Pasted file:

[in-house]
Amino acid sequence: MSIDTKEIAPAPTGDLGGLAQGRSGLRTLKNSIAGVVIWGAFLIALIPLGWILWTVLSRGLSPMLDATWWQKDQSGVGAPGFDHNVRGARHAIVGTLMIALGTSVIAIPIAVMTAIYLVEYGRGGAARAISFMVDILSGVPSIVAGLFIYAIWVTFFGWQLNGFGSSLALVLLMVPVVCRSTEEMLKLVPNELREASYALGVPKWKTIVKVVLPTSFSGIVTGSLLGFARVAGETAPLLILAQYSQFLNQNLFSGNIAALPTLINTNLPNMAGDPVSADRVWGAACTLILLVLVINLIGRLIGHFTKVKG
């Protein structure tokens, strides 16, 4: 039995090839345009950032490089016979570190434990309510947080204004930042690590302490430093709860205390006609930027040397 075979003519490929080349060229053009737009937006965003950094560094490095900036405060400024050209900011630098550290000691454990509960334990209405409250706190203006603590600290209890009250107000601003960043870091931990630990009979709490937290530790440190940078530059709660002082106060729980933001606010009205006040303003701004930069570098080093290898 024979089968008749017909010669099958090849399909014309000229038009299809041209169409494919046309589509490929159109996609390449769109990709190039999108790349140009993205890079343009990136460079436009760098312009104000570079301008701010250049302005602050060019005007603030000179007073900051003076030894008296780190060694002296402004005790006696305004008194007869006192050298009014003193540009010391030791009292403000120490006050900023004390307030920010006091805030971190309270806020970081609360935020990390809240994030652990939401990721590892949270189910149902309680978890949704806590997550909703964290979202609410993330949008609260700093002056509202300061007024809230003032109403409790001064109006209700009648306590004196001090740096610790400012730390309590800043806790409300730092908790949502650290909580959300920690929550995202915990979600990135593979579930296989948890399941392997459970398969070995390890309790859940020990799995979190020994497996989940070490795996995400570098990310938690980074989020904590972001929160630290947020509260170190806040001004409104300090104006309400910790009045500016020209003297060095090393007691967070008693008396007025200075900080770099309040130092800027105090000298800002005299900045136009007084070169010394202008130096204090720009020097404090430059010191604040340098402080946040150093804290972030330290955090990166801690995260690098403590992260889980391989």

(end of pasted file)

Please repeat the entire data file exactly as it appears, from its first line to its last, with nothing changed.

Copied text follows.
[in-house]
Amino acid sequence: MSIDTKEIAPAPTGDLGGLAQGRSGLRTLKNSIAGVVIWGAFLIALIPLGWILWTVLSRGLSPMLDATWWQKDQSGVGAPGFDHNVRGARHAIVGTLMIALGTSVIAIPIAVMTAIYLVEYGRGGAARAISFMVDILSGVPSIVAGLFIYAIWVTFFGWQLNGFGSSLALVLLMVPVVCRSTEEMLKLVPNELREASYALGVPKWKTIVKVVLPTSFSGIVTGSLLGFARVAGETAPLLILAQYSQFLNQNLFSGNIAALPTLINTNLPNMAGDPVSADRVWGAACTLILLVLVINLIGRLIGHFTKVKG
């Protein structure tokens, strides 16, 4: 039995090839345009950032490089016979570190434990309510947080204004930042690590302490430093709860205390006609930027040397 075979003519490929080349060229053009737009937006965003950094560094490095900036405060400024050209900011630098550290000691454990509960334990209405409250706190203006603590600290209890009250107000601003960043870091931990630990009979709490937290530790440190940078530059709660002082106060729980933001606010009205006040303003701004930069570098080093290898 024979089968008749017909010669099958090849399909014309000229038009299809041209169409494919046309589509490929159109996609390449769109990709190039999108790349140009993205890079343009990136460079436009760098312009104000570079301008701010250049302005602050060019005007603030000179007073900051003076030894008296780190060694002296402004005790006696305004008194007869006192050298009014003193540009010391030791009292403000120490006050900023004390307030920010006091805030971190309270806020970081609360935020990390809240994030652990939401990721590892949270189910149902309680978890949704806590997550909703964290979202609410993330949008609260700093002056509202300061007024809230003032109403409790001064109006209700009648306590004196001090740096610790400012730390309590800043806790409300730092908790949502650290909580959300920690929550995202915990979600990135593979579930296989948890399941392997459970398969070995390890309790859940020990799995979190020994497996989940070490795996995400570098990310938690980074989020904590972001929160630290947020509260170190806040001004409104300090104006309400910790009045500016020209003297060095090393007691967070008693008396007025200075900080770099309040130092800027105090000298800002005299900045136009007084070169010394202008130096204090720009020097404090430059010191604040340098402080946040150093804290972030330290955090990166801690995260690098403590992260889980391989």